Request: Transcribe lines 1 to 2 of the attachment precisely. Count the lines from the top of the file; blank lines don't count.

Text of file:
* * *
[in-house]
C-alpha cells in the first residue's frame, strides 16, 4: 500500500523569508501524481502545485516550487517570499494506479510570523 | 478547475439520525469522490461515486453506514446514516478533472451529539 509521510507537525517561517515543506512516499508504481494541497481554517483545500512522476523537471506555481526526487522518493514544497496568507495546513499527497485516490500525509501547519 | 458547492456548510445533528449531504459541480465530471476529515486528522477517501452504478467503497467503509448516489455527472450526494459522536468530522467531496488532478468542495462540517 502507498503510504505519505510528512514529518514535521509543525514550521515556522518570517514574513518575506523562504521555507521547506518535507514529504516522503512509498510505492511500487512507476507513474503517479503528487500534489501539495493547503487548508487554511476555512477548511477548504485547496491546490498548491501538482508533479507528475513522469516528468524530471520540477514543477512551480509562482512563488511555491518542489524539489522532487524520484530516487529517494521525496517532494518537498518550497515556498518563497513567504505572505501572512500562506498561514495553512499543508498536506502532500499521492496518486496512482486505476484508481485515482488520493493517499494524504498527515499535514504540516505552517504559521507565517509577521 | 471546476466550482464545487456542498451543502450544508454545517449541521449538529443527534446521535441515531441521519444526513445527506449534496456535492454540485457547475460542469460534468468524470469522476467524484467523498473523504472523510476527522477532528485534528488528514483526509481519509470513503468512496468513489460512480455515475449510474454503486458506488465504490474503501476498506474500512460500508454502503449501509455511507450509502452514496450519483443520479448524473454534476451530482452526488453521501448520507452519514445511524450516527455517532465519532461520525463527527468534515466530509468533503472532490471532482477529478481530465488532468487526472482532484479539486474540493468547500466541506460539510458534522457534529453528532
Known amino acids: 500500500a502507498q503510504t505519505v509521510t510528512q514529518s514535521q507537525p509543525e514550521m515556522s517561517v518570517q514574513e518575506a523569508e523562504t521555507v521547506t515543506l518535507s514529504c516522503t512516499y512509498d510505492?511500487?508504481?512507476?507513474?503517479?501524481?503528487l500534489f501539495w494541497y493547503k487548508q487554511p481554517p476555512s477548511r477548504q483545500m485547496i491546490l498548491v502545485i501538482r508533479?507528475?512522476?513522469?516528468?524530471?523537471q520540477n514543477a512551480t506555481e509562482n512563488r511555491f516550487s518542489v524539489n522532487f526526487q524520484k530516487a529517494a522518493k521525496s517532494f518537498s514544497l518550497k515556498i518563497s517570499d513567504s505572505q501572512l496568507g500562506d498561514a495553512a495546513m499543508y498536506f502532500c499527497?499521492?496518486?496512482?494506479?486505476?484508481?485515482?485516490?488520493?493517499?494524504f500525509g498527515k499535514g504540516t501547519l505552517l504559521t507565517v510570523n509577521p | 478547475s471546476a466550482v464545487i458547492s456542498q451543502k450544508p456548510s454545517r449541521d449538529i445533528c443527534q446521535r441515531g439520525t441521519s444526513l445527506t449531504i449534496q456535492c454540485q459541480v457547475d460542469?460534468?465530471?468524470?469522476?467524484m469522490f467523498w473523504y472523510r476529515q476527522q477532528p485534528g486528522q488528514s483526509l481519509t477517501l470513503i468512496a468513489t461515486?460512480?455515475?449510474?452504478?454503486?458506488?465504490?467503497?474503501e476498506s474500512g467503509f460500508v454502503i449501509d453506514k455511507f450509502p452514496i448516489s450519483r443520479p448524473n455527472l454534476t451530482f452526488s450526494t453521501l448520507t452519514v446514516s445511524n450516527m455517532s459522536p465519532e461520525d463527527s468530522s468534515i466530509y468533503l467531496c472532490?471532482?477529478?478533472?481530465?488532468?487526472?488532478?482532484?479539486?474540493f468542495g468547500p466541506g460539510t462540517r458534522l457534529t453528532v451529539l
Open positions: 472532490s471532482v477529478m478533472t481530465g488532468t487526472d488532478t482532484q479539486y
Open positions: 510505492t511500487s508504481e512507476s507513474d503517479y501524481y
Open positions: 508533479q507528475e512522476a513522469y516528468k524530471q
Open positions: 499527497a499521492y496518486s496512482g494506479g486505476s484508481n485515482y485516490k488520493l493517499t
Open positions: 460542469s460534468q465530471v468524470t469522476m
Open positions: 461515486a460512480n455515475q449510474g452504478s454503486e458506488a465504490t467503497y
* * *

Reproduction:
[in-house]
C-alpha cells in the first residue's frame, strides 16, 4: 500500500523569508501524481502545485516550487517570499494506479510570523 | 478547475439520525469522490461515486453506514446514516478533472451529539 509521510507537525517561517515543506512516499508504481494541497481554517483545500512522476523537471506555481526526487522518493514544497496568507495546513499527497485516490500525509501547519 | 458547492456548510445533528449531504459541480465530471476529515486528522477517501452504478467503497467503509448516489455527472450526494459522536468530522467531496488532478468542495462540517 502507498503510504505519505510528512514529518514535521509543525514550521515556522518570517514574513518575506523562504521555507521547506518535507514529504516522503512509498510505492511500487512507476507513474503517479503528487500534489501539495493547503487548508487554511476555512477548511477548504485547496491546490498548491501538482508533479507528475513522469516528468524530471520540477514543477512551480509562482512563488511555491518542489524539489522532487524520484530516487529517494521525496517532494518537498518550497515556498518563497513567504505572505501572512500562506498561514495553512499543508498536506502532500499521492496518486496512482486505476484508481485515482488520493493517499494524504498527515499535514504540516505552517504559521507565517509577521 | 471546476466550482464545487456542498451543502450544508454545517449541521449538529443527534446521535441515531441521519444526513445527506449534496456535492454540485457547475460542469460534468468524470469522476467524484467523498473523504472523510476527522477532528485534528488528514483526509481519509470513503468512496468513489460512480455515475449510474454503486458506488465504490474503501476498506474500512460500508454502503449501509455511507450509502452514496450519483443520479448524473454534476451530482452526488453521501448520507452519514445511524450516527455517532465519532461520525463527527468534515466530509468533503472532490471532482477529478481530465488532468487526472482532484479539486474540493468547500466541506460539510458534522457534529453528532